Third, Plaintiff fails to allege a short and plain statement of each claim for relief he wishes to assert. His amended complaint is a mishmash of ideas that fails to provide a sufficient description of any claim for relief. He alleges that the California Supreme Court violates due process, equal protection and meaningful access to the courts, see Docket # 16, p. 11, but fails to provide any coherent statement as to how it does so. The surrounding argument suggests that he is attempting to complain about the reversal rate in the California courts. That is, the amended complaint urges that former Governor Deukmejian caused Rose Bird and three other justices to be removed in 1987 and replaced with different judges over the next several years, and that the affirmance rate in death penalty cases has increased dramatically. See id. at 8-10. Even with liberal construction, these allegations do not state a claim for a violation of Plaintiffs rights to due process, equal protection, or access to the courts. Plaintiff's allegations that the handling of the death penalty shows that the State of California has "reestablished slavery" and that the "California Supreme Court is at war with the U.S. Constitution... which is an act of treason, " id. at 11 (random capitalization omitted), are frivolous.
Plaintiff argues at length about a law review article, but a law review article does not create any right secured by the Constitution or laws of the United States, the violation of which is a necessary element of a § 1983 claim. See West v. Atkins, 487 U.S. 42, 48 (1988) (to state a claim under § 1983, "a plaintiff must allege the violation of a right secured by the Constitution and laws of the United States" by a person acting under color of state law).
Plaintiff alleges that the California Supreme Court's slowness in processing his appeal and habeas petition has "created untimeliness and procedural defaults. Furthermore, [it] has created and cause[d] exculpatory evidence to be destroyed prior to' any collateral challenge." Docket # 16, p. 6 (brackets added; random capitalization omitted). Plaintiff's allegation that the state court's slowness has created untimeliness and procedural defaults is contradicted by the California Supreme Court's order in his death penalty appeal - a document of which this court takes judicial notice. See Fed.R.Evid. 201. The California Supreme Court's order filed on October 12, 2011, appointing habeas counsel for Plaintiff stated that any habeas petition "will be presumed to be filed without substantial delay if it is filed... within 36 months of this date... and it will be presumed that any successive petition filed within that period is justified or excused." People v. Duff (Dewey Joe), Cal. S.Ct. Case No. S105097. In light of the California Supreme Court's order that essentially grants counsel until October 2014 to file state habeas petitions, Plaintiff's contention that the delay will cause him to fall into untimeliness and other procedural default traps is not plausible. Plaintiff's allegation that exculpatory evidence may be destroyed due to the delay is conclusory and speculative. If the California Supreme Court rejects Plaintiff's petition for review or petition for writ of habeas corpus as untimely or procedurally defaulted at some date in the future, relief from such a bar would have to be sought in his federal habeas proceeding (which is pending in the Eastern District of California). It would not be proper for this court in a § 1983 action to direct the federal habeas court how to adjudicate Plaintiff's federal habeas petition. Cf. Mullis v. U.S. Bankruptcy Court, 828 F.2d 1385, 1393 (9th Cir. 1987) (federal district court lacks authority to issue a writ of mandamus to another district court). In short, Plaintiff's failure to allege any harm from the alleged delay, failure to link any defendant to the claim, and failure to articulate any relief request for it require that the claim be dismissed.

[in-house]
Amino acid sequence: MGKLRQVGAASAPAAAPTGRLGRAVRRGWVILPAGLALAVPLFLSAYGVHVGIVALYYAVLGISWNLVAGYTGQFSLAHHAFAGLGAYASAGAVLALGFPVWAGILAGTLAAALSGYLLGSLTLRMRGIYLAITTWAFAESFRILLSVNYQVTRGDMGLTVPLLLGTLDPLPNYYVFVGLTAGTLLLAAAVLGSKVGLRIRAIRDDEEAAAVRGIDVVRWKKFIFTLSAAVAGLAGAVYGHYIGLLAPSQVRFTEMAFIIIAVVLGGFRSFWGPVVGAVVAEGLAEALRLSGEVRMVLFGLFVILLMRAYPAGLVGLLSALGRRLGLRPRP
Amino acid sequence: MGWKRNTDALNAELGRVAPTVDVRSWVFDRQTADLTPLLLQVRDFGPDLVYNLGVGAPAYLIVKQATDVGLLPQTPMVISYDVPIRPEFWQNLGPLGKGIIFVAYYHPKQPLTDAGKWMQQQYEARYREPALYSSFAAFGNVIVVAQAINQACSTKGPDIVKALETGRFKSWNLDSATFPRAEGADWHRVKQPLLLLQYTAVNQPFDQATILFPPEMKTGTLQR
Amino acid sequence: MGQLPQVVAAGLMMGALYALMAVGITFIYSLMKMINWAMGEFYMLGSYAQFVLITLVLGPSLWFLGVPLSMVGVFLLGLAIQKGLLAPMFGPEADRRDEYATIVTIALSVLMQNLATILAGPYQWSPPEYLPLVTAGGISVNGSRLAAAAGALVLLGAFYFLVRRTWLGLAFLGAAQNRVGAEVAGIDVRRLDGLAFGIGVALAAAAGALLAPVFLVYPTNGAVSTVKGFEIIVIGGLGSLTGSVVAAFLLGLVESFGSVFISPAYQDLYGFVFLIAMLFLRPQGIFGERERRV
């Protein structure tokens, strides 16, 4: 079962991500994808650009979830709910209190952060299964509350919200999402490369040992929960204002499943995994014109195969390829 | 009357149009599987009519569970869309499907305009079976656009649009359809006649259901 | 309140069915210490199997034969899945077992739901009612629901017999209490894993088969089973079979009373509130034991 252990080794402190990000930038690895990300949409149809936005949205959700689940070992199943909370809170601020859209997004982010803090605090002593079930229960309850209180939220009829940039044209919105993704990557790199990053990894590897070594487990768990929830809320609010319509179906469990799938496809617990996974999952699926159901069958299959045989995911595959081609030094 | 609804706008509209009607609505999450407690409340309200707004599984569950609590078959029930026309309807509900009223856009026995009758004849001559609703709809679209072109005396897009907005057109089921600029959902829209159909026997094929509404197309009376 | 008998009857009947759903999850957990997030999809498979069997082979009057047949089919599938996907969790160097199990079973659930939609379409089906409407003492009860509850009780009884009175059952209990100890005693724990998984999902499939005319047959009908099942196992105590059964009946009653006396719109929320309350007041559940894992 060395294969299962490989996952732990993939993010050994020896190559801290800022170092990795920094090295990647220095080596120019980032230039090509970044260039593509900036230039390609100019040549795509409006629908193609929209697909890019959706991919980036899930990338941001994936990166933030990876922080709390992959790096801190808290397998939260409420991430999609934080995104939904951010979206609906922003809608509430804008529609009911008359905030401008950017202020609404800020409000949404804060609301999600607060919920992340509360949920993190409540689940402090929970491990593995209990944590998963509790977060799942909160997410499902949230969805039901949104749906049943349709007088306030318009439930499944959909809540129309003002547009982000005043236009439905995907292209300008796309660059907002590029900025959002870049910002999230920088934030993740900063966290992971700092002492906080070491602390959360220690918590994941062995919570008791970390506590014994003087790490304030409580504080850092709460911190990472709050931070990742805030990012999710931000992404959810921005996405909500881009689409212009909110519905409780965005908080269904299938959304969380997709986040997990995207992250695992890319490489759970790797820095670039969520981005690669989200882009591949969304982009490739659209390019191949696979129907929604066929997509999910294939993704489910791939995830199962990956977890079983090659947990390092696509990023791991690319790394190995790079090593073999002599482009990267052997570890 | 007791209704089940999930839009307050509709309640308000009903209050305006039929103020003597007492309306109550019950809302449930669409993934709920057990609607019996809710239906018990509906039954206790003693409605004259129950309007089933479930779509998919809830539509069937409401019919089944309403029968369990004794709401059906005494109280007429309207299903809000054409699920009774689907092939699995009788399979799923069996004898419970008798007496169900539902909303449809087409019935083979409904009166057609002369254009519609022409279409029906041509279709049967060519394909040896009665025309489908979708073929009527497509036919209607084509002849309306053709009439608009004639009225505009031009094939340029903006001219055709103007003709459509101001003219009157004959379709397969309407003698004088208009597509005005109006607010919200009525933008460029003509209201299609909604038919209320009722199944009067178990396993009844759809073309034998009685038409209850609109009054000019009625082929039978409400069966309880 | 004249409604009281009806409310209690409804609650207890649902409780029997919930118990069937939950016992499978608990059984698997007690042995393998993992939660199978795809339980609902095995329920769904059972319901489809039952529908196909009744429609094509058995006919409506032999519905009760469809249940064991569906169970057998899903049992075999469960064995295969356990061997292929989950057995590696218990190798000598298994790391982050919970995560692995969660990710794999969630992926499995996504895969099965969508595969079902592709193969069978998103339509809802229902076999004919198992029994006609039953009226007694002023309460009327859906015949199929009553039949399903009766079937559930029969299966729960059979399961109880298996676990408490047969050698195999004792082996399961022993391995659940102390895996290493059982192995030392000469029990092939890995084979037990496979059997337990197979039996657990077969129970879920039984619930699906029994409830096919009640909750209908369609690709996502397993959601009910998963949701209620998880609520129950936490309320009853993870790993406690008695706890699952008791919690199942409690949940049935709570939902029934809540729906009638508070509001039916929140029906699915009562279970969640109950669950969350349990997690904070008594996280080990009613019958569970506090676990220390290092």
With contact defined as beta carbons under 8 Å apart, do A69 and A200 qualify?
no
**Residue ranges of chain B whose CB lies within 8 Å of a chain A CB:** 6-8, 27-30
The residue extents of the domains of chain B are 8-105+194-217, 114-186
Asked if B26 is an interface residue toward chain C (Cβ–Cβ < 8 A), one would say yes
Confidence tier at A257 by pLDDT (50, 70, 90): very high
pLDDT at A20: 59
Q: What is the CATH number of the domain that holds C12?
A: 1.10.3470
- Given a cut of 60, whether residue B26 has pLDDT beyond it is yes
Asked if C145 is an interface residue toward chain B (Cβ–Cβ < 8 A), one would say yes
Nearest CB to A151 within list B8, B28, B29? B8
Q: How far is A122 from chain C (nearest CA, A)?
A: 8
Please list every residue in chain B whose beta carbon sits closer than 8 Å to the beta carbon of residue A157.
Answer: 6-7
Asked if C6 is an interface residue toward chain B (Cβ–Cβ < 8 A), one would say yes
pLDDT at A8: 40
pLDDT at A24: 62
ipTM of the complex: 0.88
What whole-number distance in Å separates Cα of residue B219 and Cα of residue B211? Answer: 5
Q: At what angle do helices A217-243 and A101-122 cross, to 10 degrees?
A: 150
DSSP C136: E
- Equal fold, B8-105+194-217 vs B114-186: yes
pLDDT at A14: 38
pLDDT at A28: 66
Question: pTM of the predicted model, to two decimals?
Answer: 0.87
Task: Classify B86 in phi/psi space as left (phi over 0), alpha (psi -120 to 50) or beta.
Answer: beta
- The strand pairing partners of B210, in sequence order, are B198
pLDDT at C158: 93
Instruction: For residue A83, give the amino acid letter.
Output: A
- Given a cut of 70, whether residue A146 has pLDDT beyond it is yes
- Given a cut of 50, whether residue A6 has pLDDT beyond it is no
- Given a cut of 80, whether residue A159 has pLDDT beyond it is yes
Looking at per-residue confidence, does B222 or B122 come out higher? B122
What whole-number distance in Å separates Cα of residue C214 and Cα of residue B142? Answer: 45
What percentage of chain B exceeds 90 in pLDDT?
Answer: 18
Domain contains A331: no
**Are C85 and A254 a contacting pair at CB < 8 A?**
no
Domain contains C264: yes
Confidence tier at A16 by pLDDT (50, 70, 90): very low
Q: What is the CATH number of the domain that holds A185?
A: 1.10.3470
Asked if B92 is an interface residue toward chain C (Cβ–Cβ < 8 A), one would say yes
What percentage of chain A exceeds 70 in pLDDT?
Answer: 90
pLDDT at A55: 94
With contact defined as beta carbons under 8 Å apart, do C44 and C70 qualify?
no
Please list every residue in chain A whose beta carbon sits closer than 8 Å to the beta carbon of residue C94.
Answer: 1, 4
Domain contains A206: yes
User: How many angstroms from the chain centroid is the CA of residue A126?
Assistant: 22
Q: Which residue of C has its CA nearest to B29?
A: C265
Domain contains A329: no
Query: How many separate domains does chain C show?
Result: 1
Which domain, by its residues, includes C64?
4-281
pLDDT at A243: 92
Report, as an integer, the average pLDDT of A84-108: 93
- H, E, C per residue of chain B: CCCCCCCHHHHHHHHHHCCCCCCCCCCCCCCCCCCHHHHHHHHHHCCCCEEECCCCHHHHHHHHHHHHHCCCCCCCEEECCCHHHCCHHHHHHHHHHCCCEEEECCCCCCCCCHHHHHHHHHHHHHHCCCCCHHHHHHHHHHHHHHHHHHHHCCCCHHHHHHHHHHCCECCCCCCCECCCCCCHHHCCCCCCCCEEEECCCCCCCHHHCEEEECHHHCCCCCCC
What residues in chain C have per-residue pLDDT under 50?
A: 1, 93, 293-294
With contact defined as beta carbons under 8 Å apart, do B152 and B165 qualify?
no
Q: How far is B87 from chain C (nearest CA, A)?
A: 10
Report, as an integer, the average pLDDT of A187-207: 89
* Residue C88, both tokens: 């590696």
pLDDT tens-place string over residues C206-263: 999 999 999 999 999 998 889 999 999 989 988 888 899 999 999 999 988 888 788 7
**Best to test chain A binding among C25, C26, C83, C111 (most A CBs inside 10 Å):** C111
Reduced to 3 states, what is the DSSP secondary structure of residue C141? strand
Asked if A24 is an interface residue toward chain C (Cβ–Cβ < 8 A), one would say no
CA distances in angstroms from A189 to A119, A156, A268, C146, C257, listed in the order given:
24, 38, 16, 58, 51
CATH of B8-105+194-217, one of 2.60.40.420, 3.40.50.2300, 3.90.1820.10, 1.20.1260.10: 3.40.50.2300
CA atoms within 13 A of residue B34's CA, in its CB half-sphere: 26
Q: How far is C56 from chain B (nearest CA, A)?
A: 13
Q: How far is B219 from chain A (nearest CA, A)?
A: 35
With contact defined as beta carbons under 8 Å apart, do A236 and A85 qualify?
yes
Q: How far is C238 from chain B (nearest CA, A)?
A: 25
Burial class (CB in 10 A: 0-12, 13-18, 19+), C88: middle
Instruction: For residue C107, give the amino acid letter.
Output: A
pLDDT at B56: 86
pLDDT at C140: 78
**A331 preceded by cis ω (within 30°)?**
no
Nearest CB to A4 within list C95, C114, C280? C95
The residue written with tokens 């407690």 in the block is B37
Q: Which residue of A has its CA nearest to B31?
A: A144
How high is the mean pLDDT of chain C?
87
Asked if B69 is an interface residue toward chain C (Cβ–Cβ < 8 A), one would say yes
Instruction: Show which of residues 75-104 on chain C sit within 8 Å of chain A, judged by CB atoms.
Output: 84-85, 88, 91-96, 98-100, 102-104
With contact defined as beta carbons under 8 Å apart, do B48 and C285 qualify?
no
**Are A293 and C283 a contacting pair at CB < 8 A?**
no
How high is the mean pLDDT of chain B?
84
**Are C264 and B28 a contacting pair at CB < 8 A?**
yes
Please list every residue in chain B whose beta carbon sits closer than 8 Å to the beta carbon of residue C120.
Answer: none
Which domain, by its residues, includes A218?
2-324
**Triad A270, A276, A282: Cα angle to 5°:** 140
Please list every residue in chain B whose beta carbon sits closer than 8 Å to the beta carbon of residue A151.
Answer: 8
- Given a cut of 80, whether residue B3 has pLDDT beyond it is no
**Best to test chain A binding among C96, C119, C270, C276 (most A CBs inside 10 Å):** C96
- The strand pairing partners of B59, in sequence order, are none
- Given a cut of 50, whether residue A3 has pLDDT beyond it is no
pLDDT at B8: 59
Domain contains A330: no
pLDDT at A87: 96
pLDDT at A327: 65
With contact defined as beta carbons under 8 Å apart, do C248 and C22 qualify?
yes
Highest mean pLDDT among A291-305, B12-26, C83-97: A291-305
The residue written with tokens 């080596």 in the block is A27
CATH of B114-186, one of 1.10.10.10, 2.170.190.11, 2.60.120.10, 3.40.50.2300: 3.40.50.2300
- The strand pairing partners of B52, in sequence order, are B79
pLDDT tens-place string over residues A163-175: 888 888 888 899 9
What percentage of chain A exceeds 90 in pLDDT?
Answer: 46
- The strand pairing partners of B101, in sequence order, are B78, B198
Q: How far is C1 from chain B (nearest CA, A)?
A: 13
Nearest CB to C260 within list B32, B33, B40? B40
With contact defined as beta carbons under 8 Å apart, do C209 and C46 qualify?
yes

Further leave to amend will not be granted because the court already has given Plaintiff two chances to correct the deficiencies in his pleading and he has been unable or unwilling to correct them. There is no reason to believe that, having repeatedly failed to correct the deficiencies, he would be able to state a cognizable claim for relief on the fourth try.
B. Alternatively, Abstention is Required
As discussed in the preceding section, the court does not understand most of the request for relief section in the amended complaint and cannot grant the requests for relief that it does understand (i.e., referral to the Attorney General and automatic reversal). Even if Plaintiff did ask this court for declaratory relief or an injunction against the California Supreme Court to get that court to decide his case immediately, abstention would be appropriate.